dsm

Dependency Structure Matrix for Software

The Dependency Structure Matrix or Design Structure Matrix (DSM) is a simple, compact, and visual representation of a system or project in the form of a square matrix. When talking about software, the DSM is a great way to visualize and manage dependencies between modules, which is critical to the management of software projects.

Frequently when discussing software dependencies you are thinking about directed graphs that looks something like this:

Directed Graph View

The DSM represents the same information as a graph, but in a more concise format.

Dependency Structure Matrix

The DSM row and column headers represent the boxes in the graph. The DSM non-empty cells represent the arrows in the graph. Why do you need two different ways to represent the same information? As you can see, the equivalent representation in terms of a graph quickly becomes cluttered and difficult to understand while the DSM scales easily and offers the ability to spot architectural patterns at a glance. Problematic dependencies, such as dependencies between modules, are also easy to identify (red triangles in the DSM above).

What are the benefits of the DSM?

The DSM is particularly good for analyzing large, complex systems. A number of partitioning algorithms can be used on the DSM for architectural discovery and management. For software, we typically recommend the component or reachability algorithms. They help identify layering and componentization within the software system even after architectural intent has eroded.

The results of the partitioning algorithms are displayed as square boxes, called virtual partitions, within the DSM. Here is an example of how the results of the component and reachability partitioners are displayed within the DSM:

Dependency Structure Matrix

Partitioning helps determine:

  • Layering. The layered view of a partition group (called virtual partition), where the higher layer depends on the lower layer but not the other way around. This is a great way to visualize and maintain your current layering structure.
  • Strongly (or cyclically) connected components. These are the subsystems that are interconnected so that there are dependency links that go from one of the subsystems to another. This is also an example of high cohesion. If these components were supposed to be loosely coupled (or modular), breaking the dependencies above the diagonal should be the goal.
  • Independent components within a layer. These are subsystems within a layer that have no dependencies on each other.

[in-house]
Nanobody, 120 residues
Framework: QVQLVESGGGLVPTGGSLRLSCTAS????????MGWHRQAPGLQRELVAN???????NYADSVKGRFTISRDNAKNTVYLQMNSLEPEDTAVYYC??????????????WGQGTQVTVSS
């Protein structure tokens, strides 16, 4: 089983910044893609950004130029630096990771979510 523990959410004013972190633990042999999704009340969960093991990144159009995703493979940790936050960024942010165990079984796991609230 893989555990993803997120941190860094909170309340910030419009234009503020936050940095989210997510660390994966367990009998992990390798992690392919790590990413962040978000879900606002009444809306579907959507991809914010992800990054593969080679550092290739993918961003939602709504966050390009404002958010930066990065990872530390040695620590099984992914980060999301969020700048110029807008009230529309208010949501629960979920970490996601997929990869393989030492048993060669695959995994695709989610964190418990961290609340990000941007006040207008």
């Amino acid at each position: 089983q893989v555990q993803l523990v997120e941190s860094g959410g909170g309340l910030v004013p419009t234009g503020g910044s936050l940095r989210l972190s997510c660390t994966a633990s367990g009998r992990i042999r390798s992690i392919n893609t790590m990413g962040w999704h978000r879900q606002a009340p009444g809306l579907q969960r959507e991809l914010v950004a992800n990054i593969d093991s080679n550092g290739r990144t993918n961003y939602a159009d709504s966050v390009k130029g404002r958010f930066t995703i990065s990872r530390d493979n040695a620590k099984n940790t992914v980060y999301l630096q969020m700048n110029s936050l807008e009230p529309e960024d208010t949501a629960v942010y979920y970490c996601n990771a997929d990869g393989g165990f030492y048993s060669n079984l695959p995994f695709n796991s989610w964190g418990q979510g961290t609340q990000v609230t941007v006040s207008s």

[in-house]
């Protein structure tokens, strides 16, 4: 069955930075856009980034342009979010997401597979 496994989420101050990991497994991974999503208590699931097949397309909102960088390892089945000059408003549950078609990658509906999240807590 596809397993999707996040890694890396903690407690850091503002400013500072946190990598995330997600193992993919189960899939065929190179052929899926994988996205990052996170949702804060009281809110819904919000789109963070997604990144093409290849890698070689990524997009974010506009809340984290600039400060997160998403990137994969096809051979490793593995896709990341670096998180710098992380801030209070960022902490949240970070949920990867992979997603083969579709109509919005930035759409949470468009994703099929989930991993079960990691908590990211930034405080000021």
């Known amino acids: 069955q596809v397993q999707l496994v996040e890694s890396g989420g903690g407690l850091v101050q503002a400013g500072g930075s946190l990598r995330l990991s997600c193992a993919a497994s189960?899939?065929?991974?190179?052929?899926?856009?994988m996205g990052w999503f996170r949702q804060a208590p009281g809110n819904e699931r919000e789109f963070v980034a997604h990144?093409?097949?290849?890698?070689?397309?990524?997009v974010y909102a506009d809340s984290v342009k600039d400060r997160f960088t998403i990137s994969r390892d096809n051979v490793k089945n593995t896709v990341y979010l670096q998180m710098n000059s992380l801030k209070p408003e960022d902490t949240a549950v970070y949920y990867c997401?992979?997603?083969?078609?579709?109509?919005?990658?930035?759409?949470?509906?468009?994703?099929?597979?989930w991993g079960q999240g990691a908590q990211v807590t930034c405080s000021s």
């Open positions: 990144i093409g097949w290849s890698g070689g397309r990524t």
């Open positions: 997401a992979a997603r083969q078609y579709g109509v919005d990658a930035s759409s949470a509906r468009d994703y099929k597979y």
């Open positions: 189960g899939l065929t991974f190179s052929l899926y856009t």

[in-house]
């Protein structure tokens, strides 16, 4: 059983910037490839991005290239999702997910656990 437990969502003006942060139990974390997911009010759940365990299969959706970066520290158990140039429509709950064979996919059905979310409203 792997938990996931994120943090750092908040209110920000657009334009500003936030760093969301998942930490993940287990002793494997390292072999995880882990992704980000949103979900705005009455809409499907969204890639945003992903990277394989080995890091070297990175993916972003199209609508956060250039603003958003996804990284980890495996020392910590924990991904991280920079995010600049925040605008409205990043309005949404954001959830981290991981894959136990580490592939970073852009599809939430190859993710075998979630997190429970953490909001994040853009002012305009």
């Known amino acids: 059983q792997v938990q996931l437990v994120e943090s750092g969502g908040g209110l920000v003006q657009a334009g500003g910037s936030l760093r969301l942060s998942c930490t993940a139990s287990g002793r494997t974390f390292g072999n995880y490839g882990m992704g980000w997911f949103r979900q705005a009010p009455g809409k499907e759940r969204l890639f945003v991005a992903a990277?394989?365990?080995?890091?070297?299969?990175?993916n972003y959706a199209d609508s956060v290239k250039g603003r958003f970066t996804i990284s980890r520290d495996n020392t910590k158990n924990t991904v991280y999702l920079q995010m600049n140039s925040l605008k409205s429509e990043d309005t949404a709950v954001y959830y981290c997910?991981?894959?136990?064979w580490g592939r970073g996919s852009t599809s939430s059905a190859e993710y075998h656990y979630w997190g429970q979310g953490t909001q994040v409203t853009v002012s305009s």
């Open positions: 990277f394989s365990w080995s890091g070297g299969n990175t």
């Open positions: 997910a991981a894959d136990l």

Example using a DSM to analyze software architecture

For a real example, we are going to use the open source tool, Ant. Below is a partitioned DSM for apache.org’s Ant 1.5.1. This version of Ant is made up of 20 packages, which contain more than 400 classes.

Dependency Structure Matrix

Once you load Ant into the DSM, it is possible to partition Ant into three subsystems as seen above. These subsystems are layered in a particular order where the lower layers are independent of the higher layer. The first thing that you can observe is that the architecture is not completely consistent. In the cell with the red flag, the “x” (row 4, column 11) shows a feedback loop existing outside of the subsystem.

By keeping the infrastructure (ant) independent of tasks (ant.taskdefs), Ant designers had designed the layering to allow additional tasks to be developed by multiple developers simultaneously. The DSM above shows that they were only partially successful in that goal. The conditional tasks (taskdefs.condition, column 11), which is in the infrastructure component, is used by the tasks component. This creates a feedback loop or cyclic dependency between infrastructure and task components. One possible solution to this cyclic dependency is to move the conditional tasks into the tasks component.

The DSM also highlights how intertwined the types subsystem (row 9) is in the framework. This means that developers of newer types need to understand and deal with the entire ant infrastructure. If future improvements require parallel and easy development of new types, then it would be advisable to define a component architecture for types. These are some of the quick insights you can get by visualizing your architecture with a DSM.

Summary

System complexity results from dependencies that violate the intended architecture as you saw in the Ant example above. Bad dependencies prevent modularity. The lack of a well-defined and well-understood architecture makes software changes difficult. This leads to high software maintenance costs.

As another example, we have analyzed the Android kernel using Lattix Architect to illustrate how understanding software architecture and identifying dependencies can help any development organization manage the impact of change, improve productivity, simplify code maintenance, and reduce risk. You can view the results in this whitepaper. If you are interested in seeing how your software project looks in Lattix Architect, sign up for a free trial.

Mastering Complexity

Mastering Complexity is a new Dependency Structure Matrix (DSM) book by Stephen Denker. Steve is a management consultant who has worked with DSMs for many decades and his vast experience is reflected in the book.

This is easily one of the most approachable books that I have come across. The early chapters were easy to read, well-illustrated, and explained the concepts well. However, what comes as a surprise was when the simple concepts of the early chapters give way to much deeper material. The book covers advanced concepts such as reducing cycle time, scheduling reviews, risk management, partitioning and tearing. In keeping with the philosophy of the earlier chapters, these sections are also covered in a concise manner. In fact, they are so concise that you would be advised to read some of the chapters in conjunction with the original research they are based on; otherwise, you might feel short-changed by some of the later chapters.